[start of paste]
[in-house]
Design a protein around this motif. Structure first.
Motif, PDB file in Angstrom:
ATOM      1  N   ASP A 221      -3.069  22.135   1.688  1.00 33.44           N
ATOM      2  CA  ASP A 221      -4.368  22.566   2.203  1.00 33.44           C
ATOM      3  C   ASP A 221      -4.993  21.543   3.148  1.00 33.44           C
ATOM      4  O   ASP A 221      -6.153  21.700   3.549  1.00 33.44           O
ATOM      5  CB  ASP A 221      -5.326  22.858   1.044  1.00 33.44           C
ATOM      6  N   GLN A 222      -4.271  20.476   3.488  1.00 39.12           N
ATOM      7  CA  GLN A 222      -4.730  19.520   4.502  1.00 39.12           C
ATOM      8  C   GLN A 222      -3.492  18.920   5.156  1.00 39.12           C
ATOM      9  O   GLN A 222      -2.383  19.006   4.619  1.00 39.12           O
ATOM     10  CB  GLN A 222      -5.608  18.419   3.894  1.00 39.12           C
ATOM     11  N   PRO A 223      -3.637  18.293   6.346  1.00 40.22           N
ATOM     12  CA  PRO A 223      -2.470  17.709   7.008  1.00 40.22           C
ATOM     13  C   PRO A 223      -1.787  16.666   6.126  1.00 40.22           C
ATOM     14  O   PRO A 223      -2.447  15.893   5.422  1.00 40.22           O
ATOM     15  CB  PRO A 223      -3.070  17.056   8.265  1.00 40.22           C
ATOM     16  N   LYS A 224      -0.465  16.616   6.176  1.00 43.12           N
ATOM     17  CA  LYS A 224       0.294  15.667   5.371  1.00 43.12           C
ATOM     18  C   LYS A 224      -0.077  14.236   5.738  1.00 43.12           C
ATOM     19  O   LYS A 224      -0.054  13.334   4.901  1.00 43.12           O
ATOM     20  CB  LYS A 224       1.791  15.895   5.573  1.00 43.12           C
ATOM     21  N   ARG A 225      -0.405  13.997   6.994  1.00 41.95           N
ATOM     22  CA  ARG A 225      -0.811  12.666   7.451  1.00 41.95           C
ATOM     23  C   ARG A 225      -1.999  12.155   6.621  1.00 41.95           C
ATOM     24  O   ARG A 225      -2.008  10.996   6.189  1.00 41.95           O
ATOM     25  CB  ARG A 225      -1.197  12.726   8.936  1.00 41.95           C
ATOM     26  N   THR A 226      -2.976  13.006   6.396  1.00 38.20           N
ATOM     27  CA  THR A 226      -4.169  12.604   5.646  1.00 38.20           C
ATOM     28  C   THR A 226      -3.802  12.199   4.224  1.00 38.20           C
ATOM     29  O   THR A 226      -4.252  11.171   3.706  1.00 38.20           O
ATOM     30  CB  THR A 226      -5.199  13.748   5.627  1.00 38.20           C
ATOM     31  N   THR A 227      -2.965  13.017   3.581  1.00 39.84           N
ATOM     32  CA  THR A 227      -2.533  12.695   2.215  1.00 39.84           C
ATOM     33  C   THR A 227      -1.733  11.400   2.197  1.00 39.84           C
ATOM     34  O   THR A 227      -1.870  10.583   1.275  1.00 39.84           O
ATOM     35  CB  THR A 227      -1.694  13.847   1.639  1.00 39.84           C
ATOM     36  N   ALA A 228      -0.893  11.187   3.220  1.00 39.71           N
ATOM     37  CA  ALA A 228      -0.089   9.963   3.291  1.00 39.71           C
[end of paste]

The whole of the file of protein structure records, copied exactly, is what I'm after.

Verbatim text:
[in-house]
Design a protein around this motif. Structure first.
Motif, PDB file in Angstrom:
ATOM      1  N   ASP A 221      -3.069  22.135   1.688  1.00 33.44           N
ATOM      2  CA  ASP A 221      -4.368  22.566   2.203  1.00 33.44           C
ATOM      3  C   ASP A 221      -4.993  21.543   3.148  1.00 33.44           C
ATOM      4  O   ASP A 221      -6.153  21.700   3.549  1.00 33.44           O
ATOM      5  CB  ASP A 221      -5.326  22.858   1.044  1.00 33.44           C
ATOM      6  N   GLN A 222      -4.271  20.476   3.488  1.00 39.12           N
ATOM      7  CA  GLN A 222      -4.730  19.520   4.502  1.00 39.12           C
ATOM      8  C   GLN A 222      -3.492  18.920   5.156  1.00 39.12           C
ATOM      9  O   GLN A 222      -2.383  19.006   4.619  1.00 39.12           O
ATOM     10  CB  GLN A 222      -5.608  18.419   3.894  1.00 39.12           C
ATOM     11  N   PRO A 223      -3.637  18.293   6.346  1.00 40.22           N
ATOM     12  CA  PRO A 223      -2.470  17.709   7.008  1.00 40.22           C
ATOM     13  C   PRO A 223      -1.787  16.666   6.126  1.00 40.22           C
ATOM     14  O   PRO A 223      -2.447  15.893   5.422  1.00 40.22           O
ATOM     15  CB  PRO A 223      -3.070  17.056   8.265  1.00 40.22           C
ATOM     16  N   LYS A 224      -0.465  16.616   6.176  1.00 43.12           N
ATOM     17  CA  LYS A 224       0.294  15.667   5.371  1.00 43.12           C
ATOM     18  C   LYS A 224      -0.077  14.236   5.738  1.00 43.12           C
ATOM     19  O   LYS A 224      -0.054  13.334   4.901  1.00 43.12           O
ATOM     20  CB  LYS A 224       1.791  15.895   5.573  1.00 43.12           C
ATOM     21  N   ARG A 225      -0.405  13.997   6.994  1.00 41.95           N
ATOM     22  CA  ARG A 225      -0.811  12.666   7.451  1.00 41.95           C
ATOM     23  C   ARG A 225      -1.999  12.155   6.621  1.00 41.95           C
ATOM     24  O   ARG A 225      -2.008  10.996   6.189  1.00 41.95           O
ATOM     25  CB  ARG A 225      -1.197  12.726   8.936  1.00 41.95           C
ATOM     26  N   THR A 226      -2.976  13.006   6.396  1.00 38.20           N
ATOM     27  CA  THR A 226      -4.169  12.604   5.646  1.00 38.20           C
ATOM     28  C   THR A 226      -3.802  12.199   4.224  1.00 38.20           C
ATOM     29  O   THR A 226      -4.252  11.171   3.706  1.00 38.20           O
ATOM     30  CB  THR A 226      -5.199  13.748   5.627  1.00 38.20           C
ATOM     31  N   THR A 227      -2.965  13.017   3.581  1.00 39.84           N
ATOM     32  CA  THR A 227      -2.533  12.695   2.215  1.00 39.84           C
ATOM     33  C   THR A 227      -1.733  11.400   2.197  1.00 39.84           C
ATOM     34  O   THR A 227      -1.870  10.583   1.275  1.00 39.84           O
ATOM     35  CB  THR A 227      -1.694  13.847   1.639  1.00 39.84           C
ATOM     36  N   ALA A 228      -0.893  11.187   3.220  1.00 39.71           N
ATOM     37  CA  ALA A 228      -0.089   9.963   3.291  1.00 39.71           C